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North Munster Masonic Centre,
Castle Street,
King's Island,

Antient Union 13
Meets at the North Munster Masonic Centre, Castle Street, King's Island, Limerick
on the 2nd
Friday of every Month
except June, July & August.

Photgraph of Baal's Bridge SquareThe Warrant number 13 was issued to 'Antient Union Lodge' in Limerick, on the 22nd November 1732. However, this date only coincides with a time when records began so it may have been in existence for some time before that.

Lodge 13 are the proud possessors of an old brass square that was found under the foundations of Baal's Bridge in 1830. This Square, dated 1507, is reputed to be one of the earliest Masonic items in the world. Click here for more information on the Baal's Bridge Square.

Lodge 13 suffered many ups and down in its Masonic history, but was fortunate enough that its Warrant was never surrendered, suspended or cancelled. Unfortunately the Lodge records from 1732 to 1793 have not survived. However, from 1793 onwards the records are preserved in the archives of The Grand Lodge of Ireland.

The Lodge went through a period of two years (1808-1810), when meetings were not held. It was revived in 1810 by a Bro Francis Wheeler, who was installed as Master that year.  W. Bro. Wheeler got things on an even keel for a few years, generally improving attendances at meetings. Sadly a second quiet period occurred between the 24th June 1816 and July 1819, when no transactions were recorded. However, a further revival took place and the Brethren met, elected new Officers, re-establishing the Lodge for future meetings.  

Sadly Bro Wheeler was called to The Grand Lodge Above in October 1820. His Brethren appear to have pulled out all the stops for his funeral as noted by the Limerick Chronicle in its report of the 27th October 1820. This account is not only interesting in itself but throws much light on the ceremonial Masonic dress, insignia and working tools found in Lodge in the early part of the 19th century. The report of the funeral procession reads as follows:

Order of Procession.

Tyler of 271 with Sword and Insignia.

Two Deacons with Wands.

The Band of the County Limerick Militia.

Two Wardens with truncheons.

Junior Brethren two and two.

Senior Brethren two and two.

Two Brethren, carrying the Holy Bible, covered with black crepe.

The Master of 271, and Past Master.

The Tyler of Waterloo Lodge (of the 79th Regiment) No 233 on the Registry of England.

Two Deacons, bearing staves, with doves covered with black crepe.

Band of the 79th Regt with Drums muffled.

Two Wardens with truncheons covered in black crepe.

Visiting Brethren from Royal Artillery, two and two.

The Holy Bible, borne on a crimson cushion by two Brethren with insignia.

The Master of the Lodge and Past Master.

Tyler of No 13.

Two Deacons with wands.

The Band of the City of Limerick Regiment, with muffled drums, covered with black crepe.

Visiting Brethren two and two in mourning.

The Members of No 13 two and two in mourning.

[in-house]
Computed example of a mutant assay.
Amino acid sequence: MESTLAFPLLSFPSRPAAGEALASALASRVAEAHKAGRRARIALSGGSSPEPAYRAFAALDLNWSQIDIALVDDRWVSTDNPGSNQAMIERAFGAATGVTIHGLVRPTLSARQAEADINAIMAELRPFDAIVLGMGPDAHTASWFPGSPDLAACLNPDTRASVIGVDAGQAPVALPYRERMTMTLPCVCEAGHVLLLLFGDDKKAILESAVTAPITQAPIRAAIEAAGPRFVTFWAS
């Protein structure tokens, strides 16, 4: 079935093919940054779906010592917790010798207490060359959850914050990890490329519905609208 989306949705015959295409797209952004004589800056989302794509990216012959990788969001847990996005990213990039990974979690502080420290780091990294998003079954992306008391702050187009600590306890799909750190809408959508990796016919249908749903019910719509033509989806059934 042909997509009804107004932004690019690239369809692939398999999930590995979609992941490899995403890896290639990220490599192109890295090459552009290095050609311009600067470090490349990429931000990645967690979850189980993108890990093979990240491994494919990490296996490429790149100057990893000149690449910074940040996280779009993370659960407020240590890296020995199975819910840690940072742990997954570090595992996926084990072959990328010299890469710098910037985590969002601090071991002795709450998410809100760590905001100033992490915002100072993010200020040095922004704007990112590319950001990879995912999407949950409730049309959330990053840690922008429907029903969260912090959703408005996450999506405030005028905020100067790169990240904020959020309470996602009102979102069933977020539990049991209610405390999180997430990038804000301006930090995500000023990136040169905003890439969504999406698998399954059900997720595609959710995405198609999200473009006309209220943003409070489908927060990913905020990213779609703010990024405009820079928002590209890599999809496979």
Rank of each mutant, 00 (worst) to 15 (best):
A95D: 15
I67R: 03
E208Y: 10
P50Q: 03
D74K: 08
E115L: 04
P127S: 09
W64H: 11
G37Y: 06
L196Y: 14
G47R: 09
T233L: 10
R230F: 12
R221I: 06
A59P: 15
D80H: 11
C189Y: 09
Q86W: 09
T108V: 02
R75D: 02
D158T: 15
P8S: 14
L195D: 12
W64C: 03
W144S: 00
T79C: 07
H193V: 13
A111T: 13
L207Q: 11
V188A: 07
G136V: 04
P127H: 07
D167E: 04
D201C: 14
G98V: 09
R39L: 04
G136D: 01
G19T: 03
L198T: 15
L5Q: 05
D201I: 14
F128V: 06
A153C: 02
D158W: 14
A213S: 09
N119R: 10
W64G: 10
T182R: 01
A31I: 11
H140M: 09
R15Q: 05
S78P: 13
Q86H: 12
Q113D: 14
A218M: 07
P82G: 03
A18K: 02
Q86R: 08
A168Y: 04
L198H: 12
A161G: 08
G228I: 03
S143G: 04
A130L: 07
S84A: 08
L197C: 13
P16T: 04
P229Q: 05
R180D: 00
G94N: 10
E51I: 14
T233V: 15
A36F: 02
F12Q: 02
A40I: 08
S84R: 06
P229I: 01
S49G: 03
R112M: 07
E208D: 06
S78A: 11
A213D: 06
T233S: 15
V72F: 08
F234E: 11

The Treasurer.

The Secretary.

(in rich scarlet cloaks, black crepe hatbands and with wands and crepe knots.)


A Member of 13 bearing the Warrant covered with black crepe,

Senior Warden

Junior Warden

(in rich scarlet cloaks, black crepe hatbands and white gloves.)

The Royal Arch with Lodge within,

borne by two Brethren and covered with crepe.

The Past Master.

The Worshipful Master

with rich scarlet cloak, and in deep mourning.

Four women, clad in white linen.

Two Medical Gentlemen, in scarves and cypresses.

The Chaplain of Lodge 13 in full costume.


The Hearse with black plumes

 drawn by six horses covered

with black velvet



Sir Francis Wheeler

Grand Prior No 13


In a splendid coffin

covered with black cloth

and gold mounting


Chief Mourners, relatives of the deceased

 in long mourning cloaks and weepers

A Knight Templar, in black gown, and full

 mourning, bearing the black Standard,

 with a gold cross and the motto of

"In Hoc Signo Vinces" (*)

The Brethren, Knights Companions, two and two

Several of the Nobility and private gentlemen

 friends of the deceased, in mourning.

Clearly this must have been a most solemn and impressive occasion. Grand Lodge Laws and Constitutions, right up to the year 1850 included the order of procession and the exact form of wording to be used at Masonic funerals, as an integral part of its content. It would be many years thereafter before the tradition of a Masonic burial would finally cease.

(*) In this sign you will conquer

Another extensive Masonic funeral took place in Limerick on 19th February 1867.  This time it was the funeral of the late Michael Furnell, D.L., who had been the first Provincial Grand Master of North Munster, when it was formed in 1842.  He was responsible for the revival of Lodge 13 in 1840 after it had not met for a few years.  He retired as Provincial Grand Master in 1863 and went to live in Dublin, but did not sever his connections with the Province, calling his house in Sandymount, 'North Munster'.   The following report of his funeral appeared in the local Limerick Chronicle.

On the 5th  December 1820, the Lodge Members of Antient Union No 13 passed a motion that the "Best thanks of this Lodge be presented, along with a gold medal to W. Bro Christopher Marratt, Mayor of this city, for the excellent manner in which he discharged his duties as W.M. of this Lodge". Interestingly enough it was the very next year that we find record of a solid silver snuff box amongst the possessions of the Lodge (donated by an un-named benefactor). This snuff box is still used today at special festive gatherings together with the Mariencourt Cup.  The snuff box was made by Richard Sawyer of Dublin and bears the hallmark for 1809.




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